First up tonight is Linda Sharar who is quick to pleasantly correct that she’s from Andover, not North Andover. She strums an open tuning and with E’s and B’s ringing on every chord she sings about gratitude. Before the next song she says that this week she’s turning nine, then rolls into “Treasure Map” with some beautiful fingerpicking. Dressed casually and comfortably, Linda has an easy natural way of addressing her audience. She encourages all to continue creating their art in what ever field they choose and echoes the thought in “Say Yes.” She’s got four CDs out and works with producer Tom Dube who gets some major artists on her recordings. She ends with more gratitude pouring from her in “A Little Will Do” and as she leaves the stage she gets the biggest longest hug from her five-year old daughter. The roar of the audience and the silence of a warm hug is a nice range of appreciation. 

After the coffee-and-treats break, Jim Trick lands on stage and he is obviously overwhelmed with gratitude by the support of his community that is overflowing from the pews. His first song with the refrain “All’s not lost and you’re not lost at all” sets the tone—and there’s something about the chord progression that reminds me of Paul Stookey’s “Wedding Song (There is Love)” which may have been mindfully orchestrated by Jim. His wife Allison joins him to harmonize on “The Truth About Vernon” and then he lets us know that he raised $12,00o with his Trickstarter campaign. He abruptly returns to the now and gasps—“I can’t believe all you guys are here.” He’s gentle with his guitar, able to fingerpick melodies on the high end while a slow moving bass lines add complimenting support. He mentions that he grew up in Haverhill, the town that starts with an H, ends with two Ls, and has an E in the middle—which leads to the sad song, “Long Road Back to Love.” He quicky shakes the feeling and breaks into the upbeat/happy “I’m A Little Hula Baby,” strumming a uke and sharing a single mic while bopping with Allison.   The next song goes back in time to his grandma taking him to the to the nearby Baseball Hall of Fame and this song floods my memory of going back to my grandpa’s house in Brooklyn. Then Jim takes us on a visual tour of his recent trip out west. A large screen fills the back of the stage and a slide projection commences. He’s picked out stills of people and things that tell simple life stories. The way Jim puts it is all quite fascinating. An old bearded man reading the newspaper in a town in the middle of nowhere; a teenage boy nervous about doing his first public rodeo; and Jim trying to duplicate a photo of Johnny Cash at Folsom Prison and being reprimanded for going over the line by the voice of the guard over the loud speaker—“No.” I love Jim’s words of wisdom: “Talking to strangers when we are kids is dangerous—talking to strangers when we are adults is essential.” The rest of the set flows easily and ends with “Who We Were to Be” which states, “I’ll be you and you be me”—the whole idea of this song is a lesson in understanding each other. Jim gets a wonderful standing ovation and you know his quiet confidence is overjoyed. He invites Linda Sharar out  and they perform two covers in the middle isle of the church: Christopher Williams’ “Each Others Blessing” and Simon & Garfunkel’s “The Boxer.” Both are beautifully harmonized and the creamy feeling created from the beginning to the end of the set overflows. It’s one of the most joyful nights of music I can remember.  Jim Trick is on track to uplift audiences ’round the world.               (T Max)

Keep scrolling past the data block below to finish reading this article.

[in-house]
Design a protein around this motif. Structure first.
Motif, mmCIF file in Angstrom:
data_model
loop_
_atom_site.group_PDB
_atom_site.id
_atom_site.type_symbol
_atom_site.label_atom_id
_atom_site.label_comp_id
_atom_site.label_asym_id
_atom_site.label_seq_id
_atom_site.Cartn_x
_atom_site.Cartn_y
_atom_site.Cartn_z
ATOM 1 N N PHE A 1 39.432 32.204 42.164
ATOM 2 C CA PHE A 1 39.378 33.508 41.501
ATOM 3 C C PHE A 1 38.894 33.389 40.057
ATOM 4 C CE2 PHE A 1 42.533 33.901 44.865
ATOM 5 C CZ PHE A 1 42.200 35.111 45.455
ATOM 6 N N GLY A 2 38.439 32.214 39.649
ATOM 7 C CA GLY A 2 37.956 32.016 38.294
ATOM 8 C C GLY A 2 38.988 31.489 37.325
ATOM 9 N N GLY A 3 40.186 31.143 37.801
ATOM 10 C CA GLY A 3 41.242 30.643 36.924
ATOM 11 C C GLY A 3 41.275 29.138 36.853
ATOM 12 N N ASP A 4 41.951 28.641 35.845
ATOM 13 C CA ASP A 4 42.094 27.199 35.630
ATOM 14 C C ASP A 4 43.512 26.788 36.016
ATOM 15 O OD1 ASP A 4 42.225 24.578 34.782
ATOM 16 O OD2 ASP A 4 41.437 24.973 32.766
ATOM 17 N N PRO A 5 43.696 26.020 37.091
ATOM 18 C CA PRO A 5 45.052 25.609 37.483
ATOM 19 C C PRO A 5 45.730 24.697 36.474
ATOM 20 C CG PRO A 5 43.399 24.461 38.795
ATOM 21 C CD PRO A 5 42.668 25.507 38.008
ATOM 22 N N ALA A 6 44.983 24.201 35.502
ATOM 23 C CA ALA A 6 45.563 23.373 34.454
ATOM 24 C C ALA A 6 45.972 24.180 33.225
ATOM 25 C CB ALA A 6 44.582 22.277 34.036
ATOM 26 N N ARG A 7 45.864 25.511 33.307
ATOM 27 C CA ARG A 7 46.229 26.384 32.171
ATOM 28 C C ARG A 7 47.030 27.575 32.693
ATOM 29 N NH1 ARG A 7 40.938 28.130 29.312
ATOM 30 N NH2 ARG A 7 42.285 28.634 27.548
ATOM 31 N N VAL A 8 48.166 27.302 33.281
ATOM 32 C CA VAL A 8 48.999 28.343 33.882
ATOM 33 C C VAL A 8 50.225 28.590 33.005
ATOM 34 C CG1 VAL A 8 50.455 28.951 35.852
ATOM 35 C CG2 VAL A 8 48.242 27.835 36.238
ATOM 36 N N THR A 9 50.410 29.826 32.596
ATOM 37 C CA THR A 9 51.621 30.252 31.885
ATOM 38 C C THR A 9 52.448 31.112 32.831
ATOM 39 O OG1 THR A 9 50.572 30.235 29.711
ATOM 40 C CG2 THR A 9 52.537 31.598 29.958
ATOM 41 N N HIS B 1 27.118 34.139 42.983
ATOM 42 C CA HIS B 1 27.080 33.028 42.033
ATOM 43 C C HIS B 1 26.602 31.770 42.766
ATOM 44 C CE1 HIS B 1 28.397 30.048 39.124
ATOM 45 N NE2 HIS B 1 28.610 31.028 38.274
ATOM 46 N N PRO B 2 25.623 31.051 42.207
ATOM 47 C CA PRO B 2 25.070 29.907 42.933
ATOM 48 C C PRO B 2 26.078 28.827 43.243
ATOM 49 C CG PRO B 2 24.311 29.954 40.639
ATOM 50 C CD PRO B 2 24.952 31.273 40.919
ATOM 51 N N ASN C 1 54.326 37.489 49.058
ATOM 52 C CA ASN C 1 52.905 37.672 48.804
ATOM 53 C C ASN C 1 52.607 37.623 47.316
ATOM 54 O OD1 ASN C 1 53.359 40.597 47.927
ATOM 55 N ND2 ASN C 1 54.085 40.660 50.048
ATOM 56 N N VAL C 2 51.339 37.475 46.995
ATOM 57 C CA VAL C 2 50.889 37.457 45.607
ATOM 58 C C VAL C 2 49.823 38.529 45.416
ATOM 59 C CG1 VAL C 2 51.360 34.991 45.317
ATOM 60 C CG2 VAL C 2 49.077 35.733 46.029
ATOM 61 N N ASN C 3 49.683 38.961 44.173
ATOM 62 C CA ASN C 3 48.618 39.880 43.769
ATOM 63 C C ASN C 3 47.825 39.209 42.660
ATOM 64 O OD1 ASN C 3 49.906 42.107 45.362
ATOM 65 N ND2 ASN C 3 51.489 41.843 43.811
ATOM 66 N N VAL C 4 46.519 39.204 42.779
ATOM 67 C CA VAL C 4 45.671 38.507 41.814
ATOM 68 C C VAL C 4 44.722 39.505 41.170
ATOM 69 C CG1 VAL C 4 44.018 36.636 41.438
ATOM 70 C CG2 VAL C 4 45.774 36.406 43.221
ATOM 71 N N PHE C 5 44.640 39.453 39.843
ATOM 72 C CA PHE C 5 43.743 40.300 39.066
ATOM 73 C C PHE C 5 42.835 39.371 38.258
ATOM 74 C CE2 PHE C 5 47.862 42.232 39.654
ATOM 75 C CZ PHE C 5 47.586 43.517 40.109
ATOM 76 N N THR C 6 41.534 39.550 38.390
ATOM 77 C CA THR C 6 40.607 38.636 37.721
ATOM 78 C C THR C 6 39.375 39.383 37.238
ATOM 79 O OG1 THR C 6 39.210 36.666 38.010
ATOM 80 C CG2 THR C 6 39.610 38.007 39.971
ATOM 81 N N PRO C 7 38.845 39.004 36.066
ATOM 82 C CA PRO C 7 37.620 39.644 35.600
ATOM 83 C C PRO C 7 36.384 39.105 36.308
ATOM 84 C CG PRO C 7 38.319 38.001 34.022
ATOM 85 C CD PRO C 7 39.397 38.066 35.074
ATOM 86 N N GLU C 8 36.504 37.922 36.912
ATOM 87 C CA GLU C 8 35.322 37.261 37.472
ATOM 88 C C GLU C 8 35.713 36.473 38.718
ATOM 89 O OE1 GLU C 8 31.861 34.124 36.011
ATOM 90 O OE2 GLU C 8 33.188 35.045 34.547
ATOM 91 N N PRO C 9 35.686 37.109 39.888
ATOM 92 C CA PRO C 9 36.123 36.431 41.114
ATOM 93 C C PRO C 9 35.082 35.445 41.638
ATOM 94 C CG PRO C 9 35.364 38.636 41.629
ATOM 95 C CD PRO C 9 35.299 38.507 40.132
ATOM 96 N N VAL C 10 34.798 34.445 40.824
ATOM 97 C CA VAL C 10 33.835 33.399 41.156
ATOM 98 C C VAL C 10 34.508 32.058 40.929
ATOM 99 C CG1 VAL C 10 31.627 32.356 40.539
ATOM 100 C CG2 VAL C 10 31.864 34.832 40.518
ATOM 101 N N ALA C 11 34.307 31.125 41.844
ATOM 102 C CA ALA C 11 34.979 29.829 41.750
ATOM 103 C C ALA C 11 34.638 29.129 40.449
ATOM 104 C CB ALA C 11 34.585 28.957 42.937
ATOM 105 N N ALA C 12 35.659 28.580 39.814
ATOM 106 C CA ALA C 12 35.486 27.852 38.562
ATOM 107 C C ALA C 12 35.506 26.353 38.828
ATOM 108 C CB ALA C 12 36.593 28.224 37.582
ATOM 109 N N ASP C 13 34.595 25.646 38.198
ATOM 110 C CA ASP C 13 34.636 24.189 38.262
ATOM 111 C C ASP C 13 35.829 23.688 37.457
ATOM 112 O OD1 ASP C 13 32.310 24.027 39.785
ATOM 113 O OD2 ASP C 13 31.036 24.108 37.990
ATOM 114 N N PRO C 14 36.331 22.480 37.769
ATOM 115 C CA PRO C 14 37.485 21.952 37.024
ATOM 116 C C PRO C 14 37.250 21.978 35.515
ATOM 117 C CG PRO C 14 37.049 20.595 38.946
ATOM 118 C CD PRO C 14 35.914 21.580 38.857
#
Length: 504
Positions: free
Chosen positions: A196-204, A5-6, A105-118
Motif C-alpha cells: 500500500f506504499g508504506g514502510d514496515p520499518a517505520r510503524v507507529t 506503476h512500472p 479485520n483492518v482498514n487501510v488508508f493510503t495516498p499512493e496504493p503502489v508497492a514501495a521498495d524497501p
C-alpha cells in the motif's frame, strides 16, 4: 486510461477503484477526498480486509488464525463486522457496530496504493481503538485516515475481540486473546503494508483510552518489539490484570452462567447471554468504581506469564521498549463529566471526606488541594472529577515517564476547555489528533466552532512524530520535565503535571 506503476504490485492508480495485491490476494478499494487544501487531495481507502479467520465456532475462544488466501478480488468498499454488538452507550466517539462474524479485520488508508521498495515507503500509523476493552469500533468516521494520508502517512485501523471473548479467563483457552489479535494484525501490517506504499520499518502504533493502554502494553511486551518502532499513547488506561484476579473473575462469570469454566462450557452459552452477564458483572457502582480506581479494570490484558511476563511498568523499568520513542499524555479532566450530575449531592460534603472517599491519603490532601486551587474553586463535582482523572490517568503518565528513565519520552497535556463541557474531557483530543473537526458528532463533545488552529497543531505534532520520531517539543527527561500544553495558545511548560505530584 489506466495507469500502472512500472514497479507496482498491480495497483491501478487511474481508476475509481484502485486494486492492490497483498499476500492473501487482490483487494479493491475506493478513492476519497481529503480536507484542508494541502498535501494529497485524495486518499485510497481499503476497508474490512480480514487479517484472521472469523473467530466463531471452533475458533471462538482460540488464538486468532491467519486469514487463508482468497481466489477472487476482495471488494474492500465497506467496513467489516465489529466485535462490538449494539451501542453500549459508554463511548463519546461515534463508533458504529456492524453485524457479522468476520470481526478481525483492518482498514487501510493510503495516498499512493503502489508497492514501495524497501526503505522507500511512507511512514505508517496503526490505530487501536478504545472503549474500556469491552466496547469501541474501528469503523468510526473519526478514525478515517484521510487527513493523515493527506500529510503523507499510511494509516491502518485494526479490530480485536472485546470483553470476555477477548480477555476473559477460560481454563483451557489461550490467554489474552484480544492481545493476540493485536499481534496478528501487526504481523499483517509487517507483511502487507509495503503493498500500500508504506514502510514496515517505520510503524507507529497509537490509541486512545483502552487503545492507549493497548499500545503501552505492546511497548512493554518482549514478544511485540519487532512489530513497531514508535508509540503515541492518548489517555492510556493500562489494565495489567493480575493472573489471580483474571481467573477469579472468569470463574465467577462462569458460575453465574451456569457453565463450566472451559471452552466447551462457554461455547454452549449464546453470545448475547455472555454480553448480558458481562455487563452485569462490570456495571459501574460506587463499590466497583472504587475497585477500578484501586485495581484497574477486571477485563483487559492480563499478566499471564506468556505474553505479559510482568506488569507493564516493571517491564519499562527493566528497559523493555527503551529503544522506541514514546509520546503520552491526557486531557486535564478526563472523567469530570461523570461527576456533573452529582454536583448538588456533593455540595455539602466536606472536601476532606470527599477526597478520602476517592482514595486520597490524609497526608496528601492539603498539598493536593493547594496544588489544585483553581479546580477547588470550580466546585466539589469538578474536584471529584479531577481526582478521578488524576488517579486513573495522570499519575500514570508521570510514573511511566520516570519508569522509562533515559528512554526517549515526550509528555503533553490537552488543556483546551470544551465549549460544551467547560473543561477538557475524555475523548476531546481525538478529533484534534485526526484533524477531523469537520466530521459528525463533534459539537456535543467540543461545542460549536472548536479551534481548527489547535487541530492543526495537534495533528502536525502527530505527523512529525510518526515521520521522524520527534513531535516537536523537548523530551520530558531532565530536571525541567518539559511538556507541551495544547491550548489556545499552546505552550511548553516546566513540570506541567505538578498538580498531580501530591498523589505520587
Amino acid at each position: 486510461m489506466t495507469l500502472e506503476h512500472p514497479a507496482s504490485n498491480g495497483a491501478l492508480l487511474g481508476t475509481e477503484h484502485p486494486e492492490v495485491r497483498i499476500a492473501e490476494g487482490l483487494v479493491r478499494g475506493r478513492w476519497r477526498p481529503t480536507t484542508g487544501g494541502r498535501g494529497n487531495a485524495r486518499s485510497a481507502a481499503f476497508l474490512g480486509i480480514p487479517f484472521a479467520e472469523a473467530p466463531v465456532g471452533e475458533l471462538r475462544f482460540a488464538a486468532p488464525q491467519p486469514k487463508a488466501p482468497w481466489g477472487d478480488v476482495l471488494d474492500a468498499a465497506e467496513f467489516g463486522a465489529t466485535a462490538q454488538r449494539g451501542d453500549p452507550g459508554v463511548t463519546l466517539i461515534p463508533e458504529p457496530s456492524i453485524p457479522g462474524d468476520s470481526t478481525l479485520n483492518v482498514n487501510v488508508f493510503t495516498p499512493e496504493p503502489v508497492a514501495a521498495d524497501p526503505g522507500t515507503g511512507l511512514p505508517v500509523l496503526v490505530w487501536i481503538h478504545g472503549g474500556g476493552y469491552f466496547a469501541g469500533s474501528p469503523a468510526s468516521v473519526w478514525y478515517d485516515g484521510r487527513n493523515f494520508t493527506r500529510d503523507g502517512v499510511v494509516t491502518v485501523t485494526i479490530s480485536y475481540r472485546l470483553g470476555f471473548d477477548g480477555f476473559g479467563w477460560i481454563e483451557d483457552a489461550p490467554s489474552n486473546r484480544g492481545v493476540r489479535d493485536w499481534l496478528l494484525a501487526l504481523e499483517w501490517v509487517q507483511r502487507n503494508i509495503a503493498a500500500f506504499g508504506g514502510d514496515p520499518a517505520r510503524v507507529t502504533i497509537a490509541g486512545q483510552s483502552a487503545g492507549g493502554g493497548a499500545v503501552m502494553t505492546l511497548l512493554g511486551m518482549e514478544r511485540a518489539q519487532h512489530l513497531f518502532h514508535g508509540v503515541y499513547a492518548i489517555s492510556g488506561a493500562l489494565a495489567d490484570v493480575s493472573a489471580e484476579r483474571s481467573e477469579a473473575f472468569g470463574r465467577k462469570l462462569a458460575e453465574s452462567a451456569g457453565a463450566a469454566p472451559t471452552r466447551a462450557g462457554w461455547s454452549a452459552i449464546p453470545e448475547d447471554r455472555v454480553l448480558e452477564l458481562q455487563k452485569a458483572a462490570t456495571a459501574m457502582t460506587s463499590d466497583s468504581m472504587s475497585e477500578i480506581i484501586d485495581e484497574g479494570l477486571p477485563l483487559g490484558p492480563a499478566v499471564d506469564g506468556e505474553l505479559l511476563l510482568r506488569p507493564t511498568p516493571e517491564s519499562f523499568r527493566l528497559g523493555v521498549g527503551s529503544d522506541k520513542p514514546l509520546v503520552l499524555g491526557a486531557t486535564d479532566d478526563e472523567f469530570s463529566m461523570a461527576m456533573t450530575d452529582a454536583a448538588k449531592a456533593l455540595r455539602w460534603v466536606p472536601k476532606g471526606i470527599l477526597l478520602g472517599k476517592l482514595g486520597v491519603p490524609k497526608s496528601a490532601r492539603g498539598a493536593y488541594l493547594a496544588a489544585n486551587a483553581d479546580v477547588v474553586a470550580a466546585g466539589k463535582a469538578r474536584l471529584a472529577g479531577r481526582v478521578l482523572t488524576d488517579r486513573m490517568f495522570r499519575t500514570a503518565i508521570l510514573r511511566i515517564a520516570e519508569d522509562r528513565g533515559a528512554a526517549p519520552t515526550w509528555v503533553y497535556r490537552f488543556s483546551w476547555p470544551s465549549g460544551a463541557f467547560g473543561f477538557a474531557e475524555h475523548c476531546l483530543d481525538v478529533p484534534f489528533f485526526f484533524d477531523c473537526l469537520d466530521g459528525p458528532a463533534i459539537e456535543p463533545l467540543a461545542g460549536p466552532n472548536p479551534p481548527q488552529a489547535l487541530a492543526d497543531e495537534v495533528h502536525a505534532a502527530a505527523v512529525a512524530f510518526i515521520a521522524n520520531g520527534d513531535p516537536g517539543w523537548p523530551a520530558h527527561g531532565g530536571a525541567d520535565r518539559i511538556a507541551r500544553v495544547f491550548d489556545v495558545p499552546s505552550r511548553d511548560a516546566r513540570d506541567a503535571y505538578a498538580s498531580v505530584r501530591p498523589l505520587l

The Regent Theater, Arlington, MA           


This is the way rock ’n’ roll is meant to be played. A few cats with something to say just plug in and wail. The Downbeat 5 starts the night off with tightly knit, powerful garage rock fronted by stunning singer Jenny Dee; whose powerful voice is sometimes sweet, sometimes sultry, and always very good. J.J. Rassler from Thee Cuban Heels and DMZ plays with feeling. I enjoy what he plays ’cause he may not be the best guitarist on the scene but he is certainly one of the most passionate players around—short and sweet and every note counts. Pounder Dan Styklunas, also from Thee Cuban Heels, and bassist Mike Yocco sound tight and add much of the soul in the band’s sound. They play driving and thumping rock ’n’ roll and I love it! I really dig their original songs “Get Down” and “Dum Dum Ditty” that was featured on Little Steven’s Underground Garage. “Foggy Notion” by The Velvet Underground and “Come On Now” by The Kinks also get me moving. 

Next up is Cardinal, who are sorta out of place for tonight. They are an acoustic folk band whose lead singer is a guy from Australia. There is a cello being played with a bow, a violinist, and a keyboardist in this eight-piece and when the male singer says their next song is titled “What’s The New Mary Jane?” I immediately think how cool it is they are doing the famous Fab Four pot ditty; but I am wrong. The song is a folk original and I can’t for the life of me figure out why anyone would plagiarize the title of a Beatles B-side cut to write a different song?